Market Update: Microsoft Office 365 Is Here

Michael Vizard

In the land grab that has pretty much been the hallmark of most vendor approaches to cloud computing, there's been very little appreciation for the nuanced needs of specific types of customers.

But as cloud computing services mature, it's pretty clear that the providers of these services are soon going to focus on providing differentiated types of services to different classes of customers.

For example, BlueLock, which offers cloud computing services based on virtualization software from VMware, today will announce at the VMware Partner Exchange conference in Las Vegas a BlueLock CloudSuite, which consists of an entry-level self-service offering, an enterprise-class edition and a professional services edition. In addition, BlueLock also allows customers to use its integration software to build private clouds on BlueLock infrastructure or on their own systems.

As time goes on, BlueLock will make the integration between these different classes of services more seamless, said Brian Wolff, BlueLock vice president of sales of marketing. The basic idea is that customers may know what they need for a class of service initially, but over time those circumstances can change. So BlueLock will provide customers a level of service tailored to each specific application, said Wolff.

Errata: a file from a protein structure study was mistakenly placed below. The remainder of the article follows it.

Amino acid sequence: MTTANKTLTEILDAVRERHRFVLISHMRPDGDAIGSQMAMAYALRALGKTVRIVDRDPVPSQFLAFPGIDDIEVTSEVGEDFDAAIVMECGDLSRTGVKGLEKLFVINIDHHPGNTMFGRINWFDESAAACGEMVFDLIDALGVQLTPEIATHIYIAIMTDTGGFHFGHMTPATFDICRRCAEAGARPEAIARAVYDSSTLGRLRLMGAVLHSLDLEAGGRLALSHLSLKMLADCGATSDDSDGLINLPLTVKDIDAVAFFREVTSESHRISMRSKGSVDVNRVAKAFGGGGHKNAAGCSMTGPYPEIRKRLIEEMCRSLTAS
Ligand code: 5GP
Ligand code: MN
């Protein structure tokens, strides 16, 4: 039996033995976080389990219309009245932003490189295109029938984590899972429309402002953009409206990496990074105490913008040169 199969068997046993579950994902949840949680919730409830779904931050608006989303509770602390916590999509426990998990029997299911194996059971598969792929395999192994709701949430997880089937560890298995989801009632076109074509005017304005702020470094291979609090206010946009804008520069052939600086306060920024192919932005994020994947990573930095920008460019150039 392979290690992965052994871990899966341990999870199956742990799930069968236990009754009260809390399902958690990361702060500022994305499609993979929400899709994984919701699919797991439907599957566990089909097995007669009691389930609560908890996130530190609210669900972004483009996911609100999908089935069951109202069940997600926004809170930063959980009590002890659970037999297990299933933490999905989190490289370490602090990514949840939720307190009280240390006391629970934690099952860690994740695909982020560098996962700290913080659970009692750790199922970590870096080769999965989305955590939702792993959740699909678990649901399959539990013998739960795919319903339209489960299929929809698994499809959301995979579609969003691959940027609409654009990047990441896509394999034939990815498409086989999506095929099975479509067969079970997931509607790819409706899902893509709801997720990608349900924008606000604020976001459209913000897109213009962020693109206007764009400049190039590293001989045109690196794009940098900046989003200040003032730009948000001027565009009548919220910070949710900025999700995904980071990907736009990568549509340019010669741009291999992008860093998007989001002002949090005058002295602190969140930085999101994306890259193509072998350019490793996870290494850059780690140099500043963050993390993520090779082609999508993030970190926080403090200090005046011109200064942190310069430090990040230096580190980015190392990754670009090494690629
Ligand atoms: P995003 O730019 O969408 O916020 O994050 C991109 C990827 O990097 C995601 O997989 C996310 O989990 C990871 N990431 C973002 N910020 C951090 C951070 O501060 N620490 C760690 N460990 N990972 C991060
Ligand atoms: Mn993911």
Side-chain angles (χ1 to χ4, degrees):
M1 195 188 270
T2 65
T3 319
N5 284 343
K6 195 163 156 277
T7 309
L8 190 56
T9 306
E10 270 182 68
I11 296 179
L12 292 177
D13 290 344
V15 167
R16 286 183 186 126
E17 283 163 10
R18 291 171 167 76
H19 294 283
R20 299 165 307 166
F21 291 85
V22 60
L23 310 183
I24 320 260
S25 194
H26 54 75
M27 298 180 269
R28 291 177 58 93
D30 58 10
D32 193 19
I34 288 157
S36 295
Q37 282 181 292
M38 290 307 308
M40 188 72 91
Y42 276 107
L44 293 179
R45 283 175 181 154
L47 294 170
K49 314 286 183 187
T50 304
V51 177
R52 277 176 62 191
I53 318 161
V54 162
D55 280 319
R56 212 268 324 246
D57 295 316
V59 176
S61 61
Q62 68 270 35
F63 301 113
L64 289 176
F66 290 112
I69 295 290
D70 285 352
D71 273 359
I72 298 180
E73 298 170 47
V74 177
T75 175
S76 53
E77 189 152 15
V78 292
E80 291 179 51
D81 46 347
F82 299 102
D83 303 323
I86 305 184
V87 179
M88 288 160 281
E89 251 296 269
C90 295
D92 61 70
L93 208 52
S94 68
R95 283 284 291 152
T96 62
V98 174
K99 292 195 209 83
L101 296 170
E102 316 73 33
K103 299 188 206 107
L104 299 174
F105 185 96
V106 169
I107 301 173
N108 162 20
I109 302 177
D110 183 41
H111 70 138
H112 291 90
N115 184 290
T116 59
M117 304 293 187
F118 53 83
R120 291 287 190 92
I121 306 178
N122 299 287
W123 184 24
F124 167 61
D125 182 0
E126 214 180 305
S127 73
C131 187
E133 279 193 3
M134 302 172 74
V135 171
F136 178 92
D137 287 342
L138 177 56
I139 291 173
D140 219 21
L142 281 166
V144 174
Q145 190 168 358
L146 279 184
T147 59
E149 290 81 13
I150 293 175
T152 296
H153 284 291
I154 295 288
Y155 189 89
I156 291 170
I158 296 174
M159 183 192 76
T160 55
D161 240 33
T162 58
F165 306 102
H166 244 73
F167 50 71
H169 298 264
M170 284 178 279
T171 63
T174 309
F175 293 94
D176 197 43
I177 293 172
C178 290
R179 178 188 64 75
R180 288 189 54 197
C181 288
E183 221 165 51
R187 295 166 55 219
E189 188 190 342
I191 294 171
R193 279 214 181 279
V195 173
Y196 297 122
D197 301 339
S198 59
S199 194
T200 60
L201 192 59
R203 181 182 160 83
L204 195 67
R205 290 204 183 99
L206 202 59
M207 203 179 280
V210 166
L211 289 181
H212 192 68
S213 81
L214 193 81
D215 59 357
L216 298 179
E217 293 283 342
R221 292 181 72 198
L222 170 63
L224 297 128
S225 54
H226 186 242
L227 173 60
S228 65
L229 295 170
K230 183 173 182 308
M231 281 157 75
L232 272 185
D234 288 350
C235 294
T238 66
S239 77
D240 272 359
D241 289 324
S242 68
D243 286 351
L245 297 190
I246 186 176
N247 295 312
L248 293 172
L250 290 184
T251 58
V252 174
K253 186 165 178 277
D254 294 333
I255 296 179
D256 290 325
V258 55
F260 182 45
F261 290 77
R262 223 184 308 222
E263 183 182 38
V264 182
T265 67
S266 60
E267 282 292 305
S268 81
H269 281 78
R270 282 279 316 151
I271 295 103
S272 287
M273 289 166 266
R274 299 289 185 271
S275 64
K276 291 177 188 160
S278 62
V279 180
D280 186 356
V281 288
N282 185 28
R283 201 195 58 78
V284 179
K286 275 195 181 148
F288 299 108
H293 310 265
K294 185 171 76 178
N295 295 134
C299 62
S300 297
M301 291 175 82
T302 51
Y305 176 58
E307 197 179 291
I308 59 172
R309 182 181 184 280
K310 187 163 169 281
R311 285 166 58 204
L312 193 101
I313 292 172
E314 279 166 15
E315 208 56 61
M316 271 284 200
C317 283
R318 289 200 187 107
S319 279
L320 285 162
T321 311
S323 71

As cloud computing providers move to create set levels of services, they are essentially turning cloud computing services into discrete levels of products. Like all products, these offerings will be affected by the laws of diminishing returns, which means the longer the service is in existence, the greater the pressure will be on pricing.

In effect, what we're starting to see is the evolution of cloud computing services into a commodity that will ultimately lead to the creation of exchanges where suppliers of these services will essentially bid to fulfill compute cycle orders on demand.

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